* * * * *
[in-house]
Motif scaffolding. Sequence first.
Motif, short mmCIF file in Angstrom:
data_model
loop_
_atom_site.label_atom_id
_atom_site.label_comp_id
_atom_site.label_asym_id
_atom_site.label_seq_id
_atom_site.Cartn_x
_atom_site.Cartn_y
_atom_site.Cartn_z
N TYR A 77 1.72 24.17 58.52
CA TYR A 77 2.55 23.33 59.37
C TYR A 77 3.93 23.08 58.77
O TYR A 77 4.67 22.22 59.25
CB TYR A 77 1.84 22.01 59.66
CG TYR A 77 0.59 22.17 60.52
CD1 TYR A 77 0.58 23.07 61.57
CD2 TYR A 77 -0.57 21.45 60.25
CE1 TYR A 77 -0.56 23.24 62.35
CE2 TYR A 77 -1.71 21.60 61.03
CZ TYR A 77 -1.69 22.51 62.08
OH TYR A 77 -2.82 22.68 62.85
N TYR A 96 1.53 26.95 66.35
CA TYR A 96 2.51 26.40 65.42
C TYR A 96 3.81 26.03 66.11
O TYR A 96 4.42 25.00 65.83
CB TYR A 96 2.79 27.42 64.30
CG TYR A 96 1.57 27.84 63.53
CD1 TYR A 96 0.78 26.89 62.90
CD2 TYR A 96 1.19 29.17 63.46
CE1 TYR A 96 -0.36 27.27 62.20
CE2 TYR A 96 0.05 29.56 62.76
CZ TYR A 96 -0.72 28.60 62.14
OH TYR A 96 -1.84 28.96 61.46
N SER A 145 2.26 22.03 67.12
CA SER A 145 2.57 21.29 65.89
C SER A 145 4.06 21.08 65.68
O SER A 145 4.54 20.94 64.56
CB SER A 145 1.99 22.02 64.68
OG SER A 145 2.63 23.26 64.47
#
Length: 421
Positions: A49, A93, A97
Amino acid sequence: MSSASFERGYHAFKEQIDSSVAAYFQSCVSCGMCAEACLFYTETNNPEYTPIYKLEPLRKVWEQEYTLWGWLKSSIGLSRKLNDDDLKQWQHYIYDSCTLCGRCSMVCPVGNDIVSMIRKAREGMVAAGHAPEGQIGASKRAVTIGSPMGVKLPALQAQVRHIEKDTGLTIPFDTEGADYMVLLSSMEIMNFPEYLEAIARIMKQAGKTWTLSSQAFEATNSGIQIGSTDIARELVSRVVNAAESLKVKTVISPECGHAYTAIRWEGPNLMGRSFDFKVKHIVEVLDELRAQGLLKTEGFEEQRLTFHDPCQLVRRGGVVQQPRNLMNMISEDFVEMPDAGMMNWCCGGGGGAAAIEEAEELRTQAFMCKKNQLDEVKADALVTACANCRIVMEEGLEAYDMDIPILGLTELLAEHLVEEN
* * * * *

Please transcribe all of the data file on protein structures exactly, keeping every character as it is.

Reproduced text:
[in-house]
Motif scaffolding. Sequence first.
Motif, short mmCIF file in Angstrom:
data_model
loop_
_atom_site.label_atom_id
_atom_site.label_comp_id
_atom_site.label_asym_id
_atom_site.label_seq_id
_atom_site.Cartn_x
_atom_site.Cartn_y
_atom_site.Cartn_z
N TYR A 77 1.72 24.17 58.52
CA TYR A 77 2.55 23.33 59.37
C TYR A 77 3.93 23.08 58.77
O TYR A 77 4.67 22.22 59.25
CB TYR A 77 1.84 22.01 59.66
CG TYR A 77 0.59 22.17 60.52
CD1 TYR A 77 0.58 23.07 61.57
CD2 TYR A 77 -0.57 21.45 60.25
CE1 TYR A 77 -0.56 23.24 62.35
CE2 TYR A 77 -1.71 21.60 61.03
CZ TYR A 77 -1.69 22.51 62.08
OH TYR A 77 -2.82 22.68 62.85
N TYR A 96 1.53 26.95 66.35
CA TYR A 96 2.51 26.40 65.42
C TYR A 96 3.81 26.03 66.11
O TYR A 96 4.42 25.00 65.83
CB TYR A 96 2.79 27.42 64.30
CG TYR A 96 1.57 27.84 63.53
CD1 TYR A 96 0.78 26.89 62.90
CD2 TYR A 96 1.19 29.17 63.46
CE1 TYR A 96 -0.36 27.27 62.20
CE2 TYR A 96 0.05 29.56 62.76
CZ TYR A 96 -0.72 28.60 62.14
OH TYR A 96 -1.84 28.96 61.46
N SER A 145 2.26 22.03 67.12
CA SER A 145 2.57 21.29 65.89
C SER A 145 4.06 21.08 65.68
O SER A 145 4.54 20.94 64.56
CB SER A 145 1.99 22.02 64.68
OG SER A 145 2.63 23.26 64.47
#
Length: 421
Positions: A49, A93, A97
Amino acid sequence: MSSASFERGYHAFKEQIDSSVAAYFQSCVSCGMCAEACLFYTETNNPEYTPIYKLEPLRKVWEQEYTLWGWLKSSIGLSRKLNDDDLKQWQHYIYDSCTLCGRCSMVCPVGNDIVSMIRKAREGMVAAGHAPEGQIGASKRAVTIGSPMGVKLPALQAQVRHIEKDTGLTIPFDTEGADYMVLLSSMEIMNFPEYLEAIARIMKQAGKTWTLSSQAFEATNSGIQIGSTDIARELVSRVVNAAESLKVKTVISPECGHAYTAIRWEGPNLMGRSFDFKVKHIVEVLDELRAQGLLKTEGFEEQRLTFHDPCQLVRRGGVVQQPRNLMNMISEDFVEMPDAGMMNWCCGGGGGAAAIEEAEELRTQAFMCKKNQLDEVKADALVTACANCRIVMEEGLEAYDMDIPILGLTELLAEHLVEEN